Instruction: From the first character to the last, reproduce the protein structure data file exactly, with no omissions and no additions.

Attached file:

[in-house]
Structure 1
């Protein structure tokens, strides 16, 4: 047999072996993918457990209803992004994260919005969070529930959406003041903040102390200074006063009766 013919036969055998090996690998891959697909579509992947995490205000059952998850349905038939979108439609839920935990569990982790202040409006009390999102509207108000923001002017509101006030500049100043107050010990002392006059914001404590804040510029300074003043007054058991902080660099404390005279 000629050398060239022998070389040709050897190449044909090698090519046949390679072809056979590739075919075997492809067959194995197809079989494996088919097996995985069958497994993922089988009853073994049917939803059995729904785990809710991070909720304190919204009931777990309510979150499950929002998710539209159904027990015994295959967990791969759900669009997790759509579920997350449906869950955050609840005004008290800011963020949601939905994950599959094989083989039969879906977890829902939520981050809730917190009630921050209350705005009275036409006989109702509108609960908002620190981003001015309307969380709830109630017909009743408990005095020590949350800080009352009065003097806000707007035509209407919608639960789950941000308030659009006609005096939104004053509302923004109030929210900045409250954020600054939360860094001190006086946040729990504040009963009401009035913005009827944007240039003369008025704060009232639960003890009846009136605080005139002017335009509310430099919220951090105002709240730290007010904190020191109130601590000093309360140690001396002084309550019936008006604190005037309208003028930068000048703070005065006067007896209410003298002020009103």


[in-house]
Structure 1
């Protein structure tokens, strides 16, 4: 047999072996993918457990209803992004994260919005969070529930959406003041903040102390200074006063009766 013919036969055998090996690998891959697909579509992947995490205000059952998850349905038939979108439609839920935990569990982790202040409006009390999102509207108000923001002017509101006030500049100043107050010990002392006059914001404590804040510029300074003043007054058991902080660099404390005279 000629050398060239022998070389040709050897190449044909090698090519046949390679072809056979590739075919075997492809067959194995197809079989494996088919097996995985069958497994993922089988009853073994049917939803059995729904785990809710991070909720304190919204009931777990309510979150499950929002998710539209159904027990015994295959967990791969759900669009997790759509579920997350449906869950955050609840005004008290800011963020949601939905994950599959094989083989039969879906977890829902939520981050809730917190009630921050209350705005009275036409006989109702509108609960908002620190981003001015309307969380709830109630017909009743408990005095020590949350800080009352009065003097806000707007035509209407919608639960789950941000308030659009006609005096939104004053509302923004109030929210900045409250954020600054939360860094001190006086946040729990504040009963009401009035913005009827944007240039003369008025704060009232639960003890009846009136605080005139002017335009509310430099919220951090105002709240730290007010904190020191109130601590000093309360140690001396002084309550019936008006604190005037309208003028930068000048703070005065006067007896209410003298002020009103």